Unhappy New Year: FY11 gets underway with no end in sight to the state fiscal blues

July 1st marks the start of the new state fiscal year in most of the country – but as glad as state Governors, fiscal directors and legislators will be to see the end of the annus horribilis of 2010,  don’t expect to hear the sound of Champagne bottles being uncorked or bands striking up “Happy Days Are Here Again” to usher in the new year.

As noted in a new report from the Center on Budget and Policy Priorities:

Dismal state revenue collections caused by the severe recession are setting the stage for a new round of state budget cuts as fiscal year 2011 begins in most states on July 1. The states’ cumulative budget shortfalls will likely reach $140 billion in the coming year, the largest shortfall yet in a string of huge annual gaps that date back to the beginning of the recession.

The first two years of the state fiscal crisis have already had an enormous impact on state budgets. The National Association of State Budget Officers reported in its most recent Fiscal Survey of the States that for the first time ever, state general fund spending declined for two consecutive years in 2009 and 2010.  The Center on Budget projects that while total state budget gaps will be slightly less in FY ’11 than in FY ’10, the availability of less federal Recovery Act funds this year means that states will see larger shortfalls.

Slow revenue recovery and the diminished availability of federal assistance and state reserve funds has left states cutting more deeply into budgets and services in FY ’11. The Center on Budget’s new report identifies the elimination or reduction of health care services to low-income residents, including those with physical disabilities or mental illness, in Arizona, Iowa, Kansas, Connecticut, Oregon and Washington. Here in Oklahoma, deeper cuts to health and social services were avoided by the FY ’11 budget agreement that included some $1.4 billion in federal funds, reserves, and assorted revenue enhancements. But the impact of an overall 6 percent decline in FY ’11 funding compared to two year ago is being felt across Oklahoma, taking such forms as lay-offs for hundreds of public school teachers, the elimination of educational programs, up to  bi-weekly furlough days for correctional officers, and college tuition increases, among many others.

As the state fiscal crisis extends longer and deeper, cuts are taking a growing toll on families, businesses, and communities.  To cite a new economic letter from the Federal Reserve Bank of San Francisco (FRBSF):

State budget crises are having and will continue to have very real and significant effects on residents and businesses. Cuts to public services, public safety, and education are severe and could potentially have lasting long-term consequences.

The Bank parts ways with other analysts, however, in suggesting that the contraction in state and local public spending is having only a modest impact on the economic recovery. By contrast, the Center on Budget notes that according to the federal government’s Bureau of Economic Analysis, state and local government cutbacks sliced a half of a percentage point off GDP growth in the first quarter of 2010.  According to Moody’s Analytics economist Mark Zandi, further cuts to state and local government jobs and services imperil a still-fragile economy and could trigger renewed recession. And yet Congress failed once again last week to approve an extension of assistance to the states in the form of enhanced federal Medicaid matching rates.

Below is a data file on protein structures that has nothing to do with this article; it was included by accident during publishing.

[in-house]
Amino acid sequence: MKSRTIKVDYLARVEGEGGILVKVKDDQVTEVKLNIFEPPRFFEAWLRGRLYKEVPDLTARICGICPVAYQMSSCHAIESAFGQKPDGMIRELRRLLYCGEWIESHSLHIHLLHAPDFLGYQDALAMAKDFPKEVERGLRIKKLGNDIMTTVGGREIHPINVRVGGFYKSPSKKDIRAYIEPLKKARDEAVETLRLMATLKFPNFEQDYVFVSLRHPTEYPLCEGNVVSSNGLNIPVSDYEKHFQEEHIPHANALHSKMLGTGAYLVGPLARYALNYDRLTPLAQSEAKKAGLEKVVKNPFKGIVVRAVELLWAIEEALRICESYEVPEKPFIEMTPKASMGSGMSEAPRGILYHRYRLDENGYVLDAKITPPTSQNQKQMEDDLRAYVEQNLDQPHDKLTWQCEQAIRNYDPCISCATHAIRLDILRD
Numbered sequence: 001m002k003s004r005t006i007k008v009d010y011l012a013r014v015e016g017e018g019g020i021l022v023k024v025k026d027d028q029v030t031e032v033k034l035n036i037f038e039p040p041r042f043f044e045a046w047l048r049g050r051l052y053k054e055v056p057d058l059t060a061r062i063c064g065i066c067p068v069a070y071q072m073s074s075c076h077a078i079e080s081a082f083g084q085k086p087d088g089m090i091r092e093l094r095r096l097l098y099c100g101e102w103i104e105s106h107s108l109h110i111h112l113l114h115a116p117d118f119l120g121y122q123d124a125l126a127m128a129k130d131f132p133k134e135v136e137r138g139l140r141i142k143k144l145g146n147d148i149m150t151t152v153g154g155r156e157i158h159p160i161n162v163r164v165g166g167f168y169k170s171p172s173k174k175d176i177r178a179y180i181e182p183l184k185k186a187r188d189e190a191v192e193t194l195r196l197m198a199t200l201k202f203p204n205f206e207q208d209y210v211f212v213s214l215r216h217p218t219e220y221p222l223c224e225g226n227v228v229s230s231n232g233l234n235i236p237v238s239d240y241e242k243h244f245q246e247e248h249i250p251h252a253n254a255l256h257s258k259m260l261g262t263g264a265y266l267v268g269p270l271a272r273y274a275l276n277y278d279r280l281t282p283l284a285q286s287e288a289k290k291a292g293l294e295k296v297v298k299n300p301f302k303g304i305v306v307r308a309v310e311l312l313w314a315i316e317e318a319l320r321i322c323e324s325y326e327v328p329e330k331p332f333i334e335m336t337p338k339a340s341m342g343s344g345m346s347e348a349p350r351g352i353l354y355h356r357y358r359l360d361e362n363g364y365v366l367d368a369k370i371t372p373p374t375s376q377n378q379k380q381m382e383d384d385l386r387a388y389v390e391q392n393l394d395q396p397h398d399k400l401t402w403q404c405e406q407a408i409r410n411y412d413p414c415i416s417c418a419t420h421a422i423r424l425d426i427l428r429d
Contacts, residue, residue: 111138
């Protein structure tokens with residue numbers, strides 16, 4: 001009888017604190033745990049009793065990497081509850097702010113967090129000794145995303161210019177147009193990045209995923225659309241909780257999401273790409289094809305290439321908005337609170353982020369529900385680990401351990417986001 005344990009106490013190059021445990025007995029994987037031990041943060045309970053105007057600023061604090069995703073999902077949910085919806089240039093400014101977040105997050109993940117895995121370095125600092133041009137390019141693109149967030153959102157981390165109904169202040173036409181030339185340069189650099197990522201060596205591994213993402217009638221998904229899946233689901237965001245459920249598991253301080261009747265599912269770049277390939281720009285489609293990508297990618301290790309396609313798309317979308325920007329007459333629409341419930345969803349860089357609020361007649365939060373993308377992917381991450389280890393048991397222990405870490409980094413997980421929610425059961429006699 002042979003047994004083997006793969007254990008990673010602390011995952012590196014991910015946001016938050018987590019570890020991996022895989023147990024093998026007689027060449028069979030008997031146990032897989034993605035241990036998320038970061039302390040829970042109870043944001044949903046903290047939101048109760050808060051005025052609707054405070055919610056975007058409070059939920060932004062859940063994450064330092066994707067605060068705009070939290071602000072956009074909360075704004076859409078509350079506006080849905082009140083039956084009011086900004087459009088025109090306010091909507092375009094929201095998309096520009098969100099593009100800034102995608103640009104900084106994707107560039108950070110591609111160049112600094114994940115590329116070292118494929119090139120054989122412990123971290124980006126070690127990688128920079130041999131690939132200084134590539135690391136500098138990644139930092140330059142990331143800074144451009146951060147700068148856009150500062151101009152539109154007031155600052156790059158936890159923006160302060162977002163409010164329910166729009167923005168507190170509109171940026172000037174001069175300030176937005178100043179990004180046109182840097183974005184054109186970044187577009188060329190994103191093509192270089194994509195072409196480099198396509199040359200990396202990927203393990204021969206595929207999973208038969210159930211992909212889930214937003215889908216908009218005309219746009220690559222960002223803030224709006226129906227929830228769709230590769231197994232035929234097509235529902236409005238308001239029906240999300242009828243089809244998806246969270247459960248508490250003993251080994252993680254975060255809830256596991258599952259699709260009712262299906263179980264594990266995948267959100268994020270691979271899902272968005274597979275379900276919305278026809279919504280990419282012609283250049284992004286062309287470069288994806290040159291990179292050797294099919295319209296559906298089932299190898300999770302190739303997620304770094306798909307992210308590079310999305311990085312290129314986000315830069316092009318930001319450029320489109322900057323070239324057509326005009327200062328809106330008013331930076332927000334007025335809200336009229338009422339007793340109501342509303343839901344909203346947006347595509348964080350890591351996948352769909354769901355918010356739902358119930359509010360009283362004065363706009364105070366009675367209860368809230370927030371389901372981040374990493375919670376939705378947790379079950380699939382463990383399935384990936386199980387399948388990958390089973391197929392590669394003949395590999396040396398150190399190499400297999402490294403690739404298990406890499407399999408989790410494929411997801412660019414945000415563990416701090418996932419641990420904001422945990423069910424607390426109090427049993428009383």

The good news, at least here in Oklahoma, is that revenue collections are finally trending up, which means that there is little likelihood that the state will again be forced to make mid-year budget cuts in FY ’11. Yet everyone agrees that states will not be out of the woods anytime soon. In the FRBSF’s assessment:

Federal stimulus support for state budgets is winding down in the next two years. Rainy-day funds are all but exhausted. Thus state fiscal crises aren’t likely to go away soon and will probably get worse before they get better.

This assessment certainly seems to apply to Oklahoma, where over $1.1 billion, or some 17 percent of this year’s budget is funded with non-recurring revenues.  This creates a hole, or perhaps a crater, for the FY ’12 budget that even robust revenue growth is unlikely to fill. Rather than looking at restoring funding levels to pre-downturn levels, the next year is likely to require continued tough discussions of what services and what revenues must be on the table to allow for sustainable funding of core government functions.

So farewell and good riddance to FY ’10, but hold that champagne and expect to hear the band keep playin’ the blues.


Former Executive Director David Blatt joined OK Policy in 2008 and served as its Executive Director from 2010 to 2019. He previously served as Director of Public Policy for Community Action Project of Tulsa County and as a budget analyst for the Oklahoma State Senate. He has a Ph.D. in political science from Cornell University and a B.A. from the University of Alberta. David has been selected as Political Scientist of the Year by the Oklahoma Political Science Association, Local Social Justice Champion by the Dan Allen Center for Social Justice, and Public Citizen of the Year by the National Association of Social Workers.

2 thoughts on “Unhappy New Year: FY11 gets underway with no end in sight to the state fiscal blues

  1. Oklahoma was in great shape to survive this economic situation until our very intelligent legislature decided to lower taxes that were already lower than nearly all the other states in order to get jobs from Texas, which will never happen.

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